EDM Powerhouse Insomniac Acquires Ownership Stake in Club Space

Matt Teper (left), David Sinopoli, Pasquale Rotella, Coloma Kaboomsky, and Davide Danese
Matt Teper (left), David Sinopoli, Pasquale Rotella, Coloma Kaboomsky, and Davide Danese Photo by Adi Adinayev
Anyone vaguely familiar with dance music probably knows Insomniac, the event company behind one of the largest dance music festivals in the world, Electric Daisy Carnival. Several EDC events take place around the globe, but its flagship is the EDM bacchanal at the Las Vegas Motor Speedway every June.

For a while, the company has been diversifying its offerings, becoming more of an all-encompassing lifestyle brand including a record label and editorial content centered on dance music.

That strategy seems to be continuing, because Insomniac has announced it's expanding its reach with an ownership stake in downtown Miami's Club Space. It's unclear what the new ownership structure will look like, but according to Insomniac, management and operations at the club will remain unchanged. The partnership is meant to ensure Space's presence in downtown for at least the next decade.

“Space is one of the most iconic dance music venues in the U.S., if not the world, and I’m excited that Insomniac is now a partner,” Insomniac founder and CEO Pasquale Rotella said in a release. “Davide, Coloma, and Sinopoli have done an exceptional job revitalizing this venue to be better than it’s ever been. They are passionate people [who] care about creating experiences and share the same core values that Insomniac lives by. The Space Invaders team will still be running the show, and together we will set the bar for entertainment in Miami. Space is another important piece of the Insomniac vision coming together.”

Space opened in Miami's Park West neighborhood in 2000 under the ownership of Louis Puig. It moved to its current location in 2003, briefly calling itself Space 34 before reverting back to its old name. Puig sold the club to a group of investors in 2013. At the time, it seemed as if the nightclub's days were numbered — it had lost its luster and seemed unable to keep up with music trends.

That's where the Space Invaders came in. In 2016, Davide Danese, Coloma Kaboomsky, and David Sinopoli took control of the club and immediately injected new energy into it. Though the club's outdoor area, the Terrace, saw some upgrades, it remained mostly unchanged. The biggest transformations happened on the first floor when the old Libertine space became Floyd — the truly underground little sister of sorts to the Terrace — and with the introduction of the Ground, a midsize venue that regularly hosts live music acts.

“We have worked tirelessly over the past three years to renew the energy inside Club Space and maintain a calm, safe environment while curating a space where people can enjoy a wide range of entertainment," Sinopoli said in the release. "Our Space Invaders team will continue to book the music and operate the club exactly as we have been."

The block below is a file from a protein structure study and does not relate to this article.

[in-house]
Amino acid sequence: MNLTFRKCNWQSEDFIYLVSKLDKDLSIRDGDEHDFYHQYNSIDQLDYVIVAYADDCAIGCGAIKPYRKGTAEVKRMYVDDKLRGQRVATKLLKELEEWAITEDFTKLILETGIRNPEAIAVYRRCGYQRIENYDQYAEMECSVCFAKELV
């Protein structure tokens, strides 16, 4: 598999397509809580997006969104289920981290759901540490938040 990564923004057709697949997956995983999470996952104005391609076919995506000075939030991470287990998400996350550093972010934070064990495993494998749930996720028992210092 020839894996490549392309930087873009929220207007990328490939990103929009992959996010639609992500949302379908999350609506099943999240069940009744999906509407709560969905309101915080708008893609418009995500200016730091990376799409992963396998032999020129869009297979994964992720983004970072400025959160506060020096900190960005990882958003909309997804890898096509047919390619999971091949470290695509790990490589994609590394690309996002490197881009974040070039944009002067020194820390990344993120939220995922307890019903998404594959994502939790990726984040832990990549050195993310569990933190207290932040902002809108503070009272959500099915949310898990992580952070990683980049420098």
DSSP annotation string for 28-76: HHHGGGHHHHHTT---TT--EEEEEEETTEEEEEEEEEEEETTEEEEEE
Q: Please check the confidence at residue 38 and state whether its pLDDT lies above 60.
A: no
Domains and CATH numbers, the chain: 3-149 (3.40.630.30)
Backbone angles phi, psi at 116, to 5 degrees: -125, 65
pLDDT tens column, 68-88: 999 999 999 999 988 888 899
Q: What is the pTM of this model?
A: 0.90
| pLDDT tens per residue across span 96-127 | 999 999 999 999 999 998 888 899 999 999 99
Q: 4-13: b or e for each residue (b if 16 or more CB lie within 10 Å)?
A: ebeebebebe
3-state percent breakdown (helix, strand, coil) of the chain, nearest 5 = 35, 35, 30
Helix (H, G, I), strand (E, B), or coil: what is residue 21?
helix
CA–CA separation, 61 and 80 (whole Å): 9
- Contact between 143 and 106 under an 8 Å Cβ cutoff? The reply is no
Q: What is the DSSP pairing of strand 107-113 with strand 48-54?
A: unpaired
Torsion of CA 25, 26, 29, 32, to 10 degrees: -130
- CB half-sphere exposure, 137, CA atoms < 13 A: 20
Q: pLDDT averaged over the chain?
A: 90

Before creating the Insomniac empire, Rotella cut his teeth in the early-'90s Los Angeles rave scene. The parties held in warehouses around the city formed the sort of primordial soup from which EDC would later emerge. By the 2000s, the festival had grown into a massive endeavor, culminating in the 2010 edition at the Los Angeles Memorial Coliseum, which came under scrutiny for alleged underage partiers and a stampede that injured more than a hundred attendees.

The fallout after EDC 2010 pushed Rotella to find a more suitable home for the festival. The following year, he moved his event to the Las Vegas Motor Speedway, where it flourished as the EDM trend took over America. But even now that the EDM bubble has burst, EDC continues to be one of the largest music festivals in America.

With Rotella's 30 years of experience in dance music, Insomniac's ownership stake in Space is taking him back to those early warehouse party days. Space also stands to benefit greatly from the partnership: The area around the club is quickly transforming into a condo canyon, and Insomniac's deep pockets will help cover the rising cost to operate in the neighborhood.

"Insomniac is very strong nationwide," Sinopoli tells New Times by phone. "They can put in an offer for five gigs around the country — including Miami — and pay one lump sum. They have immense power when it comes to bookings."

For the most part, Sinopoli says, bookings will still run through Danese and himself, affirming that "Saturdays are sacred." In the future, Insomniac could book one or two Friday shows a month, but the left-field programming at Floyd will remain intact. The Ground, the property's first-floor midsize venue, will continue to present a wide variety of acts, from live bands to EDM DJs.

Space isn't Insomniac's first foray into the Sunshine State. Its other Florida-based asset is the Orlando edition of EDC, which will take place again in November and expand to three days this year. Lake Okeechobee News confirmed last week that Insomniac is also a producing partner in Okeechobee Music & Arts Festival's return next year. However, it's Insomniac's partnership with Space that places it in the territory of its closest direct competitor in Miami: Ultra Music Festival.

Club Space. 34 NE 11th St., Miami; 786-357-6456;
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Jose D. Duran is the associate editor of Miami New Times. He's the strategist behind the publication's eyebrow-raising Facebook and Twitter feeds. He has also been reporting on Miami's cultural scene since 2006. He has a BS in journalism and will live in Miami as long as climate change permits.
Contact: Jose D. Duran